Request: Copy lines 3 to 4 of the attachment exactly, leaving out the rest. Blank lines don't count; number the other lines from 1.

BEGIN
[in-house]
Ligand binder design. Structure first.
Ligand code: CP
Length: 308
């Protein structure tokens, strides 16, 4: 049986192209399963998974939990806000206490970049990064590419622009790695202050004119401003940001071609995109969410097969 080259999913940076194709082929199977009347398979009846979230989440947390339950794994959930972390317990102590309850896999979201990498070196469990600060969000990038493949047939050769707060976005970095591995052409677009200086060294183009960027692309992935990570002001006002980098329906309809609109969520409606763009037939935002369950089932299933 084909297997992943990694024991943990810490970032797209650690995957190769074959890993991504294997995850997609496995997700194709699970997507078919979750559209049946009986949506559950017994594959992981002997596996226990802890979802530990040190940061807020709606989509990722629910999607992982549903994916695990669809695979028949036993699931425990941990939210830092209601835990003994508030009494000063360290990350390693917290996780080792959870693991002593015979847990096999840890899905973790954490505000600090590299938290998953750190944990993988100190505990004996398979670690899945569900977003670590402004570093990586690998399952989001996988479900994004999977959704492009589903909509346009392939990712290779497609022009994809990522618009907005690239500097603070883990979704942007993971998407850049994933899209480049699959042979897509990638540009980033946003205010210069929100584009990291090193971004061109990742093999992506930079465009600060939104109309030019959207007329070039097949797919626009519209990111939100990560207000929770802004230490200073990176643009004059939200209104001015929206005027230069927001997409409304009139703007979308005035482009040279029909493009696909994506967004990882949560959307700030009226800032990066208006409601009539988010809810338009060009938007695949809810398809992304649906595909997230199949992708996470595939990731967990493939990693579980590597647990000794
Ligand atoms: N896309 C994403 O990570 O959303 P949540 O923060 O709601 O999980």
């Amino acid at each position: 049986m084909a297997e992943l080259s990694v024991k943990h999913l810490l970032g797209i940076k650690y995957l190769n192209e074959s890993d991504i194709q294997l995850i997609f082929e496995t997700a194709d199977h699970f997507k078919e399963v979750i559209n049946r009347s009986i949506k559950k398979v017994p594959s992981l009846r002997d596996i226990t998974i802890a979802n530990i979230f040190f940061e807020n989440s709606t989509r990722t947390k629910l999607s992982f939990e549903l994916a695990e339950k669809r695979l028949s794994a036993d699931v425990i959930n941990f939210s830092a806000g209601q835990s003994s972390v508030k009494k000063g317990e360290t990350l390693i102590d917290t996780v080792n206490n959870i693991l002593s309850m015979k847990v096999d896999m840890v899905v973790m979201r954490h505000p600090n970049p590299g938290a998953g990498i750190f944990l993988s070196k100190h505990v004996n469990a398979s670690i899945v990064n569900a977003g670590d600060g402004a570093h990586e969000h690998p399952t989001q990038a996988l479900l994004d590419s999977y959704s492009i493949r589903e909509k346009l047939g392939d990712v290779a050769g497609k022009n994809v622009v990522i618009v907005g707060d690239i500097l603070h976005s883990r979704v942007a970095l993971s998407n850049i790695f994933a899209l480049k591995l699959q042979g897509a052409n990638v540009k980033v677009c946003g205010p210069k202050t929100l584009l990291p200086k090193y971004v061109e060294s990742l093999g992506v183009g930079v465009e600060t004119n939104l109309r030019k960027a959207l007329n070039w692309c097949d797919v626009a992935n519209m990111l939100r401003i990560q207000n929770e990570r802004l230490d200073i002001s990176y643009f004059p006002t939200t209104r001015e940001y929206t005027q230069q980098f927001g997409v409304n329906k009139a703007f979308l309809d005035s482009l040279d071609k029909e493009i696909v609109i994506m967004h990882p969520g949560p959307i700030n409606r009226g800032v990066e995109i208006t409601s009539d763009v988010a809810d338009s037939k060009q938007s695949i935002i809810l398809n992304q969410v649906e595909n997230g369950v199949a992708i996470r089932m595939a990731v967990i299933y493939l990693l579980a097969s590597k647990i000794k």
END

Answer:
Ligand code: CP
Length: 308